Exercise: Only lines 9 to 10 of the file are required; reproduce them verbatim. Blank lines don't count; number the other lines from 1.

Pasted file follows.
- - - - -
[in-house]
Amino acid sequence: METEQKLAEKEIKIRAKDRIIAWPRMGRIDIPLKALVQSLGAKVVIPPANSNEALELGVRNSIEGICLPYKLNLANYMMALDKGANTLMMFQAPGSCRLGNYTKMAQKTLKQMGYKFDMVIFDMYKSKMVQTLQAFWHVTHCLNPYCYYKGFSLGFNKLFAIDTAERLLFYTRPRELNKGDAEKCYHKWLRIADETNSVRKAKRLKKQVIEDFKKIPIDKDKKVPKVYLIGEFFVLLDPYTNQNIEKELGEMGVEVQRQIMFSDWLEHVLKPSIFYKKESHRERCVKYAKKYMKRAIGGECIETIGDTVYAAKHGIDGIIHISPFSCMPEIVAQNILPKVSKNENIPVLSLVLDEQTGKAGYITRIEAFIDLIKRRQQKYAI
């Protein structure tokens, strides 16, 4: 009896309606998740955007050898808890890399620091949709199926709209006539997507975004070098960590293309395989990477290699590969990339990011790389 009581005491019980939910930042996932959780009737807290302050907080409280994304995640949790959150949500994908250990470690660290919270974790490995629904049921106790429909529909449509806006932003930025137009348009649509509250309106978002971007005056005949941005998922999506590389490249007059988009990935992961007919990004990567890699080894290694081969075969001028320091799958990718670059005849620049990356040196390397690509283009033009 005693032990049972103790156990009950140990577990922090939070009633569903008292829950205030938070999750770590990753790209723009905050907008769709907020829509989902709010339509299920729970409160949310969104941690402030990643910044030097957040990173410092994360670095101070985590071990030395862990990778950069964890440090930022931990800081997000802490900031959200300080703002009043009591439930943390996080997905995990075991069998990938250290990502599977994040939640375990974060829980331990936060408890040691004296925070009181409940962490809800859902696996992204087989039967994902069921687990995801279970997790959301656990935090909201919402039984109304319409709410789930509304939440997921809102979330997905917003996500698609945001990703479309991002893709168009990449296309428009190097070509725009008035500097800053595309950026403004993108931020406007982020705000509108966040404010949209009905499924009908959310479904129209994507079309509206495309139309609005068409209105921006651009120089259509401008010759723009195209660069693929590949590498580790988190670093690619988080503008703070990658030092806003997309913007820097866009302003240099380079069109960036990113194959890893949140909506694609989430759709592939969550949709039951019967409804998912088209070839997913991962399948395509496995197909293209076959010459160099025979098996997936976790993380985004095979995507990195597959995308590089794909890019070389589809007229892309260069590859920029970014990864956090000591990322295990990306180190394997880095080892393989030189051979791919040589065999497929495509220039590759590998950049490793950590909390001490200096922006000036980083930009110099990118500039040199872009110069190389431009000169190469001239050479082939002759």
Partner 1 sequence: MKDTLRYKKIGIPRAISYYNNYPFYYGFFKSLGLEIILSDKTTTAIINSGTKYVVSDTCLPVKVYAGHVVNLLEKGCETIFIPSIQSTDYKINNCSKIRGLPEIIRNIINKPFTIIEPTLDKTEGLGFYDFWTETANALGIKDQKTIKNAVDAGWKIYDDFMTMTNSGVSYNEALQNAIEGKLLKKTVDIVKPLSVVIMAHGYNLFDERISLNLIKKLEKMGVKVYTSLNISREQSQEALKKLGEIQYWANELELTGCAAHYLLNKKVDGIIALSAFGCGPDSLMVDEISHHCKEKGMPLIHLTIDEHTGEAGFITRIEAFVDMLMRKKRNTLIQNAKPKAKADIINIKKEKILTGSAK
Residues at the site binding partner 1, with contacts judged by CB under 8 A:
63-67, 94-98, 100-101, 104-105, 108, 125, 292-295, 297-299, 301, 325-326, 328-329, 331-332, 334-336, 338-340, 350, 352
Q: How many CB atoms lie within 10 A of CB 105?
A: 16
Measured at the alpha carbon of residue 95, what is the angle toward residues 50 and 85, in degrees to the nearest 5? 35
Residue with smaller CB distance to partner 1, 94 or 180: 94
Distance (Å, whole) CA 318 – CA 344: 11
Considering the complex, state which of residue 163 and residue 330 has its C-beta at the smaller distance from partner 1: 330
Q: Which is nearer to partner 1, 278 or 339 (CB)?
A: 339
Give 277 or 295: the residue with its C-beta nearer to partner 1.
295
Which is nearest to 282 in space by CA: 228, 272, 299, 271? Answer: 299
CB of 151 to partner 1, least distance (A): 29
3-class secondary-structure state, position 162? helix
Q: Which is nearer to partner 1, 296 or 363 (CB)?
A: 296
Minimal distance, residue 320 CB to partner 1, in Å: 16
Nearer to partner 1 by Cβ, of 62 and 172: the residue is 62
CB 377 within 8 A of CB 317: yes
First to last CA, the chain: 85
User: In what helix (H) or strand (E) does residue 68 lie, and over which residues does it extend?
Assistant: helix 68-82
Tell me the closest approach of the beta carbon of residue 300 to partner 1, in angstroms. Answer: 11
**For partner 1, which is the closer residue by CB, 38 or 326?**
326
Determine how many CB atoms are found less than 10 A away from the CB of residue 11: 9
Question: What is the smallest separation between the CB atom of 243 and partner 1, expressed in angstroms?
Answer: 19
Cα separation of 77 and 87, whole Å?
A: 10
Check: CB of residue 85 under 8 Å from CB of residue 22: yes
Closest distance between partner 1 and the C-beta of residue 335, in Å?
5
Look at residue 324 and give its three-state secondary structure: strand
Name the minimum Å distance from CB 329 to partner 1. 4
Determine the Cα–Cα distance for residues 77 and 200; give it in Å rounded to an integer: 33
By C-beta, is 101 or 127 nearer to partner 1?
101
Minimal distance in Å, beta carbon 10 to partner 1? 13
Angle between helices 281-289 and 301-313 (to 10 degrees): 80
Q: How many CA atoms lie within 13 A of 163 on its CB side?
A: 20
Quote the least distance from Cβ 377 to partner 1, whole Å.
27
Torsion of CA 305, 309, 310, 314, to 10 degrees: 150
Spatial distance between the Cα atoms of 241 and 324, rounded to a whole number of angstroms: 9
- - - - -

Measured at the alpha carbon of residue 95, what is the angle toward residues 50 and 85, in degrees to the nearest 5? 35
Residue with smaller CB distance to partner 1, 94 or 180: 94